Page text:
KERRY AND IRAQ….Bob Somerby, in his usual tolerant and long-suffering way, is a wee bit upset with press coverage of John Kerry’s position on the Iraq war:
What is Kerry?s stand on Iraq? Readers, get ready for some real brain-work! Here goes: Kerry says Bush should have had the authority to go to war, but then went to war prematurely. Wow! Have you finished scratching your heads about all the nuance involved in that statement?
In fairness, let’s all admit that Kerry is not exactly a wizard at making his positions clear and unequivocal. He does bring some of this on himself.
Still, Bob is right: Kerry might not be the best speaker in the world, but his position on the war has been pretty consistent all along. Even William Saletan, the best known critic of Kerry’s “caveats and curlicues,” came to the same conclusion after examining a Republican video of Kerry’s supposed flip-flops on Iraq: the RNC video carefully edits Kerry’s quotes to make them look inconsistent, but in fact every one of them tells the same story. He summarized the RNC clips in a Slate article on Thursday:
Kerry wants pressure and inspections….doubts Iraq would comply with inspections, but he thinks we have to go through the process of trying….doesn’t like the way Bush is pursuing the goal, particularly because it “alienated our allies.”
….consistent with Kerry’s previous statements calling for “heat,” “inspections,” “process,” and cooperation with “allies.”….No conflict here….voting to turn up the heat and get compliance with inspections….Bush betrayed two of Kerry’s principles: process and allies….it isn’t a change of position.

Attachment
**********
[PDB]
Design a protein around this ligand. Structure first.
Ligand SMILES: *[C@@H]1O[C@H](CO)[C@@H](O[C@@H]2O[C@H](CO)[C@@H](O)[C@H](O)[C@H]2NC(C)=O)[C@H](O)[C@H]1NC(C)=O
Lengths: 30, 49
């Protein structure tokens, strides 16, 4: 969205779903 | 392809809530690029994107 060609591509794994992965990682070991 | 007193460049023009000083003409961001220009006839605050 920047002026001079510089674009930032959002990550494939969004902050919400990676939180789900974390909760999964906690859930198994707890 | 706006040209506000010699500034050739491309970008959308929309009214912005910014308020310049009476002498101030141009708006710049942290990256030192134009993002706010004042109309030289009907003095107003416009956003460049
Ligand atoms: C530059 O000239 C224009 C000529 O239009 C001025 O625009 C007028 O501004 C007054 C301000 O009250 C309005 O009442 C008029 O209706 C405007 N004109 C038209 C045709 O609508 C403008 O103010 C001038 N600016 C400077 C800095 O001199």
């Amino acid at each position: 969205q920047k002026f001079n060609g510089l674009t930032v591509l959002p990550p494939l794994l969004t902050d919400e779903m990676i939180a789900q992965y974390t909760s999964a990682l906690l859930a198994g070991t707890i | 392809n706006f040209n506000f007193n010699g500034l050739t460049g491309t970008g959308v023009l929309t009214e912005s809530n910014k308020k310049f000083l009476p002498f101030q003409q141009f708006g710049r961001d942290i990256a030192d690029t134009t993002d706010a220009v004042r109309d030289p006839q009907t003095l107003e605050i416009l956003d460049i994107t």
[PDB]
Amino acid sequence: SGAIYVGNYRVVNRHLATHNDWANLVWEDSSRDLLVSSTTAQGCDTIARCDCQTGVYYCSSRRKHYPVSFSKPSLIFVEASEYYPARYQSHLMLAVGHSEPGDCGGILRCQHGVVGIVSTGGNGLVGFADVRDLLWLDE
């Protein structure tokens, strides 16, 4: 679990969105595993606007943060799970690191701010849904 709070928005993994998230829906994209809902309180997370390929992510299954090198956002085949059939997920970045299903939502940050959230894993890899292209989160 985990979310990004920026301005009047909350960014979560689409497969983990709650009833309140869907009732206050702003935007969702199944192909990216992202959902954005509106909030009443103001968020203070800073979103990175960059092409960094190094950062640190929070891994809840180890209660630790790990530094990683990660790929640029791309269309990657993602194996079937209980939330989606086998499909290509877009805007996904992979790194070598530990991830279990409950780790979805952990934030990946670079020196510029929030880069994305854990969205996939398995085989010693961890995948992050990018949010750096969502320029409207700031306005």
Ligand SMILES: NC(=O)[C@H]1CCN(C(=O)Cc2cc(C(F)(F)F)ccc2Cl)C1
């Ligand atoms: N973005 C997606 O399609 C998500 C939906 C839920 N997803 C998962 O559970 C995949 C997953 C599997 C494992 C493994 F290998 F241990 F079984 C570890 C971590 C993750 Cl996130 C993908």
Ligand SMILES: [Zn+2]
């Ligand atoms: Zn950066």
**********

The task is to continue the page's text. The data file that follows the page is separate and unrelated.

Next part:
….This is the same position Kerry has stated all along: compliance, inspections, skepticism, process….There you have it. Edwards says if Kerry had been president, we would have found out Iraq had no WMD, and “we would never be in this place.” Kerry emphatically agrees with this translation.
You can decide for yourself whether you like this position, but it’s not hard to grasp. That’s especially true for the press, since they know very well that there are lots and lots of liberal hawks and other former war supporters who have exactly the same position: pressuring Saddam was good, inspections were good, and eventually war might have been good too.
But Bush blew it: he failed to rally world opinion, he failed to get the Arab world on our side, he failed to let the inspections process run its course, and he failed to plan properly for the postwar occupation. The result is a loss of American power and prestige, a diminished chance of Iraq becoming a pluralistic democracy, and an al-Qaeda that’s been given a second lease on life thanks to George Bush’s Queeg-like obsession with Saddam Hussein.
Not so hard to understand at all.